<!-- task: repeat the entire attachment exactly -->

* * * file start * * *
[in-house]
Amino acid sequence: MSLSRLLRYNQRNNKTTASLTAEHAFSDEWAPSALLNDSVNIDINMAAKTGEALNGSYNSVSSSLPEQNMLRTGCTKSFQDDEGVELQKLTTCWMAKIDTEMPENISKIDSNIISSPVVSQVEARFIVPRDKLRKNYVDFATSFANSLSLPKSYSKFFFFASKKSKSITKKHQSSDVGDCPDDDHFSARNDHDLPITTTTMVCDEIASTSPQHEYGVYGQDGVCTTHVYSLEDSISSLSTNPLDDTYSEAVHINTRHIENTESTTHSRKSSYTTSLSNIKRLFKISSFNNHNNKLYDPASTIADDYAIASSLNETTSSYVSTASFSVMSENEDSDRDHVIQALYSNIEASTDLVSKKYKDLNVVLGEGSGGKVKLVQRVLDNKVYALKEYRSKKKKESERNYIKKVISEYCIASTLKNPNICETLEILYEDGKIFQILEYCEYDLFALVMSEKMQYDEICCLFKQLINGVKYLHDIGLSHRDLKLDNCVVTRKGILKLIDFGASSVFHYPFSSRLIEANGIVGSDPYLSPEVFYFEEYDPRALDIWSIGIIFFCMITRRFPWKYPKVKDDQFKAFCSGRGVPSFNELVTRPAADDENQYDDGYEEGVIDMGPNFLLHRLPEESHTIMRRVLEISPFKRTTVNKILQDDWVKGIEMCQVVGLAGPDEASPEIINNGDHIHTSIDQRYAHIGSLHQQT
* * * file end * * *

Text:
[in-house]
Amino acid sequence: MSLSRLLRYNQRNNKTTASLTAEHAFSDEWAPSALLNDSVNIDINMAAKTGEALNGSYNSVSSSLPEQNMLRTGCTKSFQDDEGVELQKLTTCWMAKIDTEMPENISKIDSNIISSPVVSQVEARFIVPRDKLRKNYVDFATSFANSLSLPKSYSKFFFFASKKSKSITKKHQSSDVGDCPDDDHFSARNDHDLPITTTTMVCDEIASTSPQHEYGVYGQDGVCTTHVYSLEDSISSLSTNPLDDTYSEAVHINTRHIENTESTTHSRKSSYTTSLSNIKRLFKISSFNNHNNKLYDPASTIADDYAIASSLNETTSSYVSTASFSVMSENEDSDRDHVIQALYSNIEASTDLVSKKYKDLNVVLGEGSGGKVKLVQRVLDNKVYALKEYRSKKKKESERNYIKKVISEYCIASTLKNPNICETLEILYEDGKIFQILEYCEYDLFALVMSEKMQYDEICCLFKQLINGVKYLHDIGLSHRDLKLDNCVVTRKGILKLIDFGASSVFHYPFSSRLIEANGIVGSDPYLSPEVFYFEEYDPRALDIWSIGIIFFCMITRRFPWKYPKVKDDQFKAFCSGRGVPSFNELVTRPAADDENQYDDGYEEGVIDMGPNFLLHRLPEESHTIMRRVLEISPFKRTTVNKILQDDWVKGIEMCQVVGLAGPDEASPEIINNGDHIHTSIDQRYAHIGSLHQQT